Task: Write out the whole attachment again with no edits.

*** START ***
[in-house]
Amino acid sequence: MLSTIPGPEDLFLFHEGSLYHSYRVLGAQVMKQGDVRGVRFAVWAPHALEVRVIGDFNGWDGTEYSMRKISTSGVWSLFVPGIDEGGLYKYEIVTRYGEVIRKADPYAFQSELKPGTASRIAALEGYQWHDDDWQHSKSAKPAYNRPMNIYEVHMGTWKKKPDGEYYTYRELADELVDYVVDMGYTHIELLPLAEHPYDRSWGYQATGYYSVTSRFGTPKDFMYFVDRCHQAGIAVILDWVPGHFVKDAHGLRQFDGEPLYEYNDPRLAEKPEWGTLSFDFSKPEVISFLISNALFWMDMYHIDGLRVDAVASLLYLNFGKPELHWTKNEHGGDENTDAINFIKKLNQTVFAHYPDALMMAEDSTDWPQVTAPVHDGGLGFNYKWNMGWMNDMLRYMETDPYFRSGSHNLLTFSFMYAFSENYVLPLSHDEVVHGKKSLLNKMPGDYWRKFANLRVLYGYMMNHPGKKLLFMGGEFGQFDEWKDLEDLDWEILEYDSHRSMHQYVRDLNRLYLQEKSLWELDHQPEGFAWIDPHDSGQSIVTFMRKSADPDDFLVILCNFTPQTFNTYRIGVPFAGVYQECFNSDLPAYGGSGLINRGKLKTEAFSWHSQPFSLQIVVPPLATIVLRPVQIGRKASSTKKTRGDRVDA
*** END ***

[in-house]
Amino acid sequence: MLSTIPGPEDLFLFHEGSLYHSYRVLGAQVMKQGDVRGVRFAVWAPHALEVRVIGDFNGWDGTEYSMRKISTSGVWSLFVPGIDEGGLYKYEIVTRYGEVIRKADPYAFQSELKPGTASRIAALEGYQWHDDDWQHSKSAKPAYNRPMNIYEVHMGTWKKKPDGEYYTYRELADELVDYVVDMGYTHIELLPLAEHPYDRSWGYQATGYYSVTSRFGTPKDFMYFVDRCHQAGIAVILDWVPGHFVKDAHGLRQFDGEPLYEYNDPRLAEKPEWGTLSFDFSKPEVISFLISNALFWMDMYHIDGLRVDAVASLLYLNFGKPELHWTKNEHGGDENTDAINFIKKLNQTVFAHYPDALMMAEDSTDWPQVTAPVHDGGLGFNYKWNMGWMNDMLRYMETDPYFRSGSHNLLTFSFMYAFSENYVLPLSHDEVVHGKKSLLNKMPGDYWRKFANLRVLYGYMMNHPGKKLLFMGGEFGQFDEWKDLEDLDWEILEYDSHRSMHQYVRDLNRLYLQEKSLWELDHQPEGFAWIDPHDSGQSIVTFMRKSADPDDFLVILCNFTPQTFNTYRIGVPFAGVYQECFNSDLPAYGGSGLINRGKLKTEAFSWHSQPFSLQIVVPPLATIVLRPVQIGRKASSTKKTRGDRVDA